Powerlessness and loving acts

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    Powerlessness and loving acts

    On Wednesday evening I watched the temple door, ready to open it for people arriving for service. Fi, my Bell Master was lighting candles and setting up the shrine room. The minutes ticked on, and nobody came to the door.

    Five minutes before service Fi rang the gong. I heard Brian’s footsteps on the stairs. In evening service there were just the three of us.

    During the day I had been on Twitter too much. I had been following people’s reactions to the Supreme Court ruling on prorogation. I had been following people’s responses to Greta Thunberg’s speech to the UN. I was beginning to despair.

    Compared to all those people on Twitter, I thought, as I approached the shrine room, the three of us here tonight are a very small group.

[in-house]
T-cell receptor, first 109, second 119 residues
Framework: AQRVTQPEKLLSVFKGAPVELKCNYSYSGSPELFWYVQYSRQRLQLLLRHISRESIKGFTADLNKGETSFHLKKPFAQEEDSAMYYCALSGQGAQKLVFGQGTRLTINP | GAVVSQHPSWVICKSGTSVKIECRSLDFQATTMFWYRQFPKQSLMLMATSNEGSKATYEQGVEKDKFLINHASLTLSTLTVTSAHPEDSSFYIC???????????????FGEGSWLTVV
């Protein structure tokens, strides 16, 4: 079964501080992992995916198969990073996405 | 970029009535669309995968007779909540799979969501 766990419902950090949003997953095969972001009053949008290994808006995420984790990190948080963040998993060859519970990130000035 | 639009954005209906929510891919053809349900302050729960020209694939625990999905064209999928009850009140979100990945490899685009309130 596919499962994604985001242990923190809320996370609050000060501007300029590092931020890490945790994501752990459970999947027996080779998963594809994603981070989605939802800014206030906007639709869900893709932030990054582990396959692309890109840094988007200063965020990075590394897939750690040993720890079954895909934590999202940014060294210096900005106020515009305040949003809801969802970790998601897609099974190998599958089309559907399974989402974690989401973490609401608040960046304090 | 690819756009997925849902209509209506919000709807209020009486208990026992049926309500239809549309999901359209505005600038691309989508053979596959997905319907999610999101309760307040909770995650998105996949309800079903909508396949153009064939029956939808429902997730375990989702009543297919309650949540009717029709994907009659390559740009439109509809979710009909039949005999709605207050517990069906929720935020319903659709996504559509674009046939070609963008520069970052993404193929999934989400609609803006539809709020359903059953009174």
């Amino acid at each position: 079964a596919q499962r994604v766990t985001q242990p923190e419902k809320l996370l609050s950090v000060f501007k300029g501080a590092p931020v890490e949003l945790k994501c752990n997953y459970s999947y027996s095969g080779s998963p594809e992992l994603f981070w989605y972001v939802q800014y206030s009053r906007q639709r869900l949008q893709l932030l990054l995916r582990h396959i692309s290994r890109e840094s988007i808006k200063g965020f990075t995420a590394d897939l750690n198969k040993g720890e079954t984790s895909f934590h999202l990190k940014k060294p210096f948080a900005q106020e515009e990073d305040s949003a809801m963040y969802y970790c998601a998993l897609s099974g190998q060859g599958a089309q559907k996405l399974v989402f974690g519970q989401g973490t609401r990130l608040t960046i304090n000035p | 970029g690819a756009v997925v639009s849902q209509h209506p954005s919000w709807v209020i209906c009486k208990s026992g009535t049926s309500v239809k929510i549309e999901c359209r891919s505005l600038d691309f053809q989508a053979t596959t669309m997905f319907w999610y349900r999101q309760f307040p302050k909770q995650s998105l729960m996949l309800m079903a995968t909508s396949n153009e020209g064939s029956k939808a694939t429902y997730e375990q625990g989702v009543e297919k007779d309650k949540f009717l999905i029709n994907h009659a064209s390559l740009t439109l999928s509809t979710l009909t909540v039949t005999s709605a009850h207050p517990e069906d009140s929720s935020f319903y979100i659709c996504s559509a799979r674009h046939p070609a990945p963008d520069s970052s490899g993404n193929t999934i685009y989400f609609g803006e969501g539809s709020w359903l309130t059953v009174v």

As we circumambulated the shrine, reciting the name of Amida Buddha, everything changed. Outside the sky was dark. The flickering candles illumined our tall, golden standing Buddha. I realised that a beautiful act can be beautiful for its own sake. It doesn’t need to make things better, or change the world. The perfect moment is already complete.

    During the day, following the news, I had landed in a feeling of powerlessness. I had become caught up in ideas of progress and making things better —important topics, of course —but my vision had become completely obscured.  The image of even a small light illuminating the darkest space has given me home in similar moments in the past, but even that couldn’t lift my spirits. I couldn’t imagine one small candle making much of a difference.

    Today I am back to trusting in the power of small candles, but on Wednesday evening the important thought was not that we should do good acts to get good results, but reminding myself that a good act is already of value. Regardless of where they lead compassionate acts are meaningful activity.

    We are so completely embedded in a culture of progress that this can be a hard truth to imagine. And yet I am sure it is true. A loving moment is valuable for its own sake.

    The service was beautiful.

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